Jackson Hole Airport’s existing back-of-house rental car operations facilities were poorly organized, outdated, and no longer met contemporary sustainability standards. To better handle these functions at the nation’s only airport situated within a National Park, a new Quick Turn-Around (QTA) Facility was developed. The QTA is located on the south edge of the airport; its orientation derived from the existing east access road and the west row of buildings and hangars. Overall site planning and space program information was provided by the Jackson Hole Airport based on existing constraints, increasing demand, as well as future phasing and growth of airport development. The new facility provides a simple, site sensitive yet bold solution. At peak operation, each rental company can run approximately 200 cars through the facility per day.
The QTA provides three basic functions: vehicle fueling, washing, and detailing, which are translated into a fuel island, and two buildings, one each for washing and detailing. The three program spaces all reside under one large, heroic low-sloped roof. The continuous roof provides overhead protection from rain and snow in-between the two buildings and at the exterior fuel island. The complex is wrapped in a perforated, rusted metal screen with washing and fueling functions hidden from public view. Each of the three components are organized into three independent bays to service the three different rental car companies. Operationally, the facilities are sequenced from south to north, staring with fueling, then washing, and then detailing. The wash building is 4,620-square-feet, while the detail building is 8,950-square-feet including a mezzanine level used for mechanical equipment, storage, as well as an employee break room.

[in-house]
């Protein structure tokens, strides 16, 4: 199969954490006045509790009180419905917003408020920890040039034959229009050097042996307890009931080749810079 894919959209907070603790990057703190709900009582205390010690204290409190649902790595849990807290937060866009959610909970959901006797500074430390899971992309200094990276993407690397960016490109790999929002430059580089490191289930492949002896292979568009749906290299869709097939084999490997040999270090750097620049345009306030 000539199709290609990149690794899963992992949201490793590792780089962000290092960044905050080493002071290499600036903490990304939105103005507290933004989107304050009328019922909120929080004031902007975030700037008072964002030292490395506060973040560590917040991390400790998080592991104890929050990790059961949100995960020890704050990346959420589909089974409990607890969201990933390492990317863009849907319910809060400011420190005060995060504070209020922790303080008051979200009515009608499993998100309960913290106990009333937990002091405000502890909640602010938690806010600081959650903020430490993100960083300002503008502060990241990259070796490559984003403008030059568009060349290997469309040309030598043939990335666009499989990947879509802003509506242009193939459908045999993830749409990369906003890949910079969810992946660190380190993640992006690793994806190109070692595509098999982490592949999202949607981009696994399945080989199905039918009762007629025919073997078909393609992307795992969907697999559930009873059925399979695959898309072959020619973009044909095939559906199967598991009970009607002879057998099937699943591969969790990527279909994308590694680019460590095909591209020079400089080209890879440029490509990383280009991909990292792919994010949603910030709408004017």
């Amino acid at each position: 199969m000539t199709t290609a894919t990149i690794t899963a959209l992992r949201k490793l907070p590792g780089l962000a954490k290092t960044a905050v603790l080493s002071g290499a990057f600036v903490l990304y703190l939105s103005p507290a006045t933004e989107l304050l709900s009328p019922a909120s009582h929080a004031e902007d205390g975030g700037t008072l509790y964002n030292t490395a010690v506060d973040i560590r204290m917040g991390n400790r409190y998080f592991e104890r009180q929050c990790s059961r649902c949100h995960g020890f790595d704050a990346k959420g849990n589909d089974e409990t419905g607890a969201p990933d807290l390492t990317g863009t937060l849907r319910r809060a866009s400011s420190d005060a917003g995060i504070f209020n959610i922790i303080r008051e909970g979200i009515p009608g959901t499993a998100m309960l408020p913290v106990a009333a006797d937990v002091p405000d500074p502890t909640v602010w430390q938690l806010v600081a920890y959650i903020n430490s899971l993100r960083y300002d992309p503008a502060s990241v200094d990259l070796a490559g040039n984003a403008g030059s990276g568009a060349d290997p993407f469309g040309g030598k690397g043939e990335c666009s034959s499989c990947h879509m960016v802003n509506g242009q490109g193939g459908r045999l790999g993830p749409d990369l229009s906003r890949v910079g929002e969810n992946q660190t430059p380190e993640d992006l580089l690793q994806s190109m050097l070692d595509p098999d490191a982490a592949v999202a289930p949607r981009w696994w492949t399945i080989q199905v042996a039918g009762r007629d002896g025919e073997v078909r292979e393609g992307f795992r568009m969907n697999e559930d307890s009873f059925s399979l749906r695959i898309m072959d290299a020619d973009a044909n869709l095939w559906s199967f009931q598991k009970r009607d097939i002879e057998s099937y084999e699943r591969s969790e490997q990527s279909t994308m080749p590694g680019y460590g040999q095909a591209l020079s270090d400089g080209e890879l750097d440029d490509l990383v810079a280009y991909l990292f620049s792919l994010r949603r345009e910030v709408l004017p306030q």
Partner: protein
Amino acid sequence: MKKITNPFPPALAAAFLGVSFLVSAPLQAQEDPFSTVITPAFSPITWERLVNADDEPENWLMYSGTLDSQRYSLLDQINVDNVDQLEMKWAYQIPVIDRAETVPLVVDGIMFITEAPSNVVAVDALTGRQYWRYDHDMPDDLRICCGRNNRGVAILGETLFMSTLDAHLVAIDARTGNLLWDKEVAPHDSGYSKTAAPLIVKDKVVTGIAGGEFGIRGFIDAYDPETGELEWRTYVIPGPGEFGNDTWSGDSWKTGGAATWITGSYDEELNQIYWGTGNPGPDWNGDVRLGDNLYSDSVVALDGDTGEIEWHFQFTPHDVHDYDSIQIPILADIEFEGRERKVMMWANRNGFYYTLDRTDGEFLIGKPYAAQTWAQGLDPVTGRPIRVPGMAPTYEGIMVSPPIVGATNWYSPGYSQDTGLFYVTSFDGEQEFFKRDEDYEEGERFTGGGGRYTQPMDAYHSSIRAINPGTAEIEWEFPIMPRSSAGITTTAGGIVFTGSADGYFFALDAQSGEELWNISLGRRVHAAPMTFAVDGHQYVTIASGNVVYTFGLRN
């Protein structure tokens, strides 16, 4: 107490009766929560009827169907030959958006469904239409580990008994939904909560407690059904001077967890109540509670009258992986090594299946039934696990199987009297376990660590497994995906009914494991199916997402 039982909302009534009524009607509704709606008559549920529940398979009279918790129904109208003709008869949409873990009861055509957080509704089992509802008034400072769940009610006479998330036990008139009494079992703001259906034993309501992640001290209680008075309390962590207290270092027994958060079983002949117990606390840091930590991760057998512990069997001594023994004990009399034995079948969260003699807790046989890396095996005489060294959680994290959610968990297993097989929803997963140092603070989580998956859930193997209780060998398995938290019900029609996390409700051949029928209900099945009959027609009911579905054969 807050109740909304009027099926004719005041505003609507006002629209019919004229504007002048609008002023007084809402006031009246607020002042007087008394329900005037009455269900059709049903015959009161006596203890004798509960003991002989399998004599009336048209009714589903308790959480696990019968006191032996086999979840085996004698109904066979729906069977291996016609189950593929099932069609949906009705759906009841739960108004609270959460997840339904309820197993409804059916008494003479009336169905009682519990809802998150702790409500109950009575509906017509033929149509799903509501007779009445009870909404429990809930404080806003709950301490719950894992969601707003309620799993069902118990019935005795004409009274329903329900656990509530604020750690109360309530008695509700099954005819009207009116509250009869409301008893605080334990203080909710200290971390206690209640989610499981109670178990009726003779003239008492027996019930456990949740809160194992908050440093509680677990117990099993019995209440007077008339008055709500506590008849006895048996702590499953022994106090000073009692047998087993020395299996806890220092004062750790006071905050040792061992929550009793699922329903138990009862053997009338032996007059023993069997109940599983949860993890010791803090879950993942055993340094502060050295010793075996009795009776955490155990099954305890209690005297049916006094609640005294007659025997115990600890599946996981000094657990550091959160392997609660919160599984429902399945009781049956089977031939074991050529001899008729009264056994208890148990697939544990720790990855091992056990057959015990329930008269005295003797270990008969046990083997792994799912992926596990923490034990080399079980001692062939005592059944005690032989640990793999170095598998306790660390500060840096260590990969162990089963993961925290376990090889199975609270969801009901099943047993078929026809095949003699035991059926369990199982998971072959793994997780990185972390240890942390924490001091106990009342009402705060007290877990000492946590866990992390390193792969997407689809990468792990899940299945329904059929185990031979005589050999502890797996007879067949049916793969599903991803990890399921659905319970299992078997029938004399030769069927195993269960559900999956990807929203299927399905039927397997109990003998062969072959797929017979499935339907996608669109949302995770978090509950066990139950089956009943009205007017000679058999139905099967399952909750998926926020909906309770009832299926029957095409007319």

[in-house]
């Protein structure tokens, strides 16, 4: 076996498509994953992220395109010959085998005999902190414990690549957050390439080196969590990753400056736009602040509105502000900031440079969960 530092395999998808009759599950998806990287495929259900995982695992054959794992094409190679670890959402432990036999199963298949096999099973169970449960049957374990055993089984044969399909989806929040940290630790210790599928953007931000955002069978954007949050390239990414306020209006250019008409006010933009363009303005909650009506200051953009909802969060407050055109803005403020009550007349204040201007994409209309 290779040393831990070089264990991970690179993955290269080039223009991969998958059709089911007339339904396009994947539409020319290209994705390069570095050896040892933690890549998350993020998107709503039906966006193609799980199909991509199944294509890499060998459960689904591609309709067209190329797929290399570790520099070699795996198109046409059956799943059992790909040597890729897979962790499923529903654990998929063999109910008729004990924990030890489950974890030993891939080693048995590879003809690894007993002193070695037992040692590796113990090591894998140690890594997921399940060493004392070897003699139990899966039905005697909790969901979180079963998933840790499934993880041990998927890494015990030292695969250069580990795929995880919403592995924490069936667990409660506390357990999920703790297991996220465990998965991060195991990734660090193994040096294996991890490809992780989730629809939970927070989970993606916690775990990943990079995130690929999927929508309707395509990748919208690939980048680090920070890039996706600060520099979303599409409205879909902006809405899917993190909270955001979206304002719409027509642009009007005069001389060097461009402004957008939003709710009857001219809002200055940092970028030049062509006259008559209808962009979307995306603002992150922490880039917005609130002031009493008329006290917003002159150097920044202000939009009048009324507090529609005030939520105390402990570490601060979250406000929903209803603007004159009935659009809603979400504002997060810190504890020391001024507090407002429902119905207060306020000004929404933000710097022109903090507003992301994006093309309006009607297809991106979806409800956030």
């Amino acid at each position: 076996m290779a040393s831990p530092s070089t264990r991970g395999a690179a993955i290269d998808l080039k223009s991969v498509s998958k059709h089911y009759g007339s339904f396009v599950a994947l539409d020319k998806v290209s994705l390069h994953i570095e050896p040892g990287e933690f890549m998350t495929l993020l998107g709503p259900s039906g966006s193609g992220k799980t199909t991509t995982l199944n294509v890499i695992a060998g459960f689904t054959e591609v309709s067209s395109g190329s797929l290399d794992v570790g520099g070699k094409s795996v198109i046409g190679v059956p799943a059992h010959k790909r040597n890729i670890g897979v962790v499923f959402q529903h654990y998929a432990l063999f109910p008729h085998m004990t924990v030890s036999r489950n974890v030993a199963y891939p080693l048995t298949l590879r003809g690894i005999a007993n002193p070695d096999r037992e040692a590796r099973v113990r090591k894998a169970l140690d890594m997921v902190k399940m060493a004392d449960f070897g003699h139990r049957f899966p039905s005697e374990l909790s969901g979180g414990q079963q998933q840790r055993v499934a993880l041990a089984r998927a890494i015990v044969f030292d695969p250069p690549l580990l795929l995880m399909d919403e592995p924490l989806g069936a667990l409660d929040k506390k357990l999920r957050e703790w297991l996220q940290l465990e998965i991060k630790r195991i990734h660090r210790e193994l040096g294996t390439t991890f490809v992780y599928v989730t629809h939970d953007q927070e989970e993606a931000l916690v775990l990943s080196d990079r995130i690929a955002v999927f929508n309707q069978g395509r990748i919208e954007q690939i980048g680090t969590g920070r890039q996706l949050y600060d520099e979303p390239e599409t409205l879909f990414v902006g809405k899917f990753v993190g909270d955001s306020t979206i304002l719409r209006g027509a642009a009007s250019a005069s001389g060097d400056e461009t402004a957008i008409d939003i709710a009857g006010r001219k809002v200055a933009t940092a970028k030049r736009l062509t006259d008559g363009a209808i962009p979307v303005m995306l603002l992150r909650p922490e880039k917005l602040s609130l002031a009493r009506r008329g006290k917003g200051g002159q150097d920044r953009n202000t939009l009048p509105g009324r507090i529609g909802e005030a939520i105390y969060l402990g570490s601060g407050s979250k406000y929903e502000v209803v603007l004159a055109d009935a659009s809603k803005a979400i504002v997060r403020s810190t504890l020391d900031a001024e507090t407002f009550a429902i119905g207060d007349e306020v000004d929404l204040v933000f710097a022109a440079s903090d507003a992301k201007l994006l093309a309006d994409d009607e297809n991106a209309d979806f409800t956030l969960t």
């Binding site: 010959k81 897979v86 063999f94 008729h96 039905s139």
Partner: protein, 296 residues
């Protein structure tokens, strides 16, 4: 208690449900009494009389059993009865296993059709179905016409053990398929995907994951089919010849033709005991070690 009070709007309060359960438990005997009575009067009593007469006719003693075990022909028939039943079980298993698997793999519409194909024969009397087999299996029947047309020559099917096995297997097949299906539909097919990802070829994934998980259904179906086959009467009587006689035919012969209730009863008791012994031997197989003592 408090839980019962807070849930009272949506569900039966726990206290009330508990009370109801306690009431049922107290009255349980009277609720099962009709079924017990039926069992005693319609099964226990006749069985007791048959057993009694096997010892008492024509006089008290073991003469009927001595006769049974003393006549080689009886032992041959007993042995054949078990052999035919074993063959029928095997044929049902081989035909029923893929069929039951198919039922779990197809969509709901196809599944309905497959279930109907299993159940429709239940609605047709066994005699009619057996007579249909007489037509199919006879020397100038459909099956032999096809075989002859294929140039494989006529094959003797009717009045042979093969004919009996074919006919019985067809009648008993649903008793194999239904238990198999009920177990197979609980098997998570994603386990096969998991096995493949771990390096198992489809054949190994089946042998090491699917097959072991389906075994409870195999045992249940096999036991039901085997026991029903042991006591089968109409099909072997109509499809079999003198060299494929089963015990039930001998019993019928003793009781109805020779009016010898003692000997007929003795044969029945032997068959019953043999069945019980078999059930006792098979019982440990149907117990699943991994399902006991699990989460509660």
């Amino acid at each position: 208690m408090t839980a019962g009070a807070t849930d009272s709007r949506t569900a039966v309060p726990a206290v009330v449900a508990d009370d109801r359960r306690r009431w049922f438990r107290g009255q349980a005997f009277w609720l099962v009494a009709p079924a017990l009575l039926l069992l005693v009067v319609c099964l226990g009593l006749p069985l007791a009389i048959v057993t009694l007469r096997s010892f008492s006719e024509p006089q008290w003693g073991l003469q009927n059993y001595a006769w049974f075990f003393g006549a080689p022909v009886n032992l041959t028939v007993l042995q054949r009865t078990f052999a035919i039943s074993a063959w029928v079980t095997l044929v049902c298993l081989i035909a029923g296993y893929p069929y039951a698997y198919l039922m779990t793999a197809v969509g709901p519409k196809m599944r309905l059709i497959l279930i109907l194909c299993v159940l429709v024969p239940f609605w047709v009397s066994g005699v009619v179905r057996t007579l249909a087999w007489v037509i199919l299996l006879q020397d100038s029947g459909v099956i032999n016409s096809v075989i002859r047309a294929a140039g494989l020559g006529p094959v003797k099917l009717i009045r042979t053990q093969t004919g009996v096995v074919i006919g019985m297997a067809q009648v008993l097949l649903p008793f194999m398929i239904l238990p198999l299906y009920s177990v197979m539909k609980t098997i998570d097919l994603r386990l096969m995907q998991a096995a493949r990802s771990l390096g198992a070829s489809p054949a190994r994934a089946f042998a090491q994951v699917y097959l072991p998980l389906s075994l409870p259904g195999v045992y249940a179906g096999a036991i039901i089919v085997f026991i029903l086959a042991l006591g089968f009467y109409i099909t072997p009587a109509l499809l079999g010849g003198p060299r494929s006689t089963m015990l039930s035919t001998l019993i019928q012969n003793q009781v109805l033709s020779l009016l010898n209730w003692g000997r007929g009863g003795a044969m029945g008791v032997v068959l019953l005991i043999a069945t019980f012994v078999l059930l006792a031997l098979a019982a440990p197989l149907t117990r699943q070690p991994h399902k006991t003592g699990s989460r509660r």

Materials, including rusted metal, concrete, steel, and wood—are intended to complement the existing palette of the main airport terminal building (a project for which CLB Architects served as the associate architect) and were chosen to blend with the surrounding landscape. Exposed steel serves double-duty, used both for structure and to add to the complex’s industrial aesthetic. Translucent panels at the upper level provide natural light at both levels as the upper mezzanines which are open to the bays below. Muted architectural details provide a platform to amplify the overall statement and backdrop of the QTA—the excitement of the airport.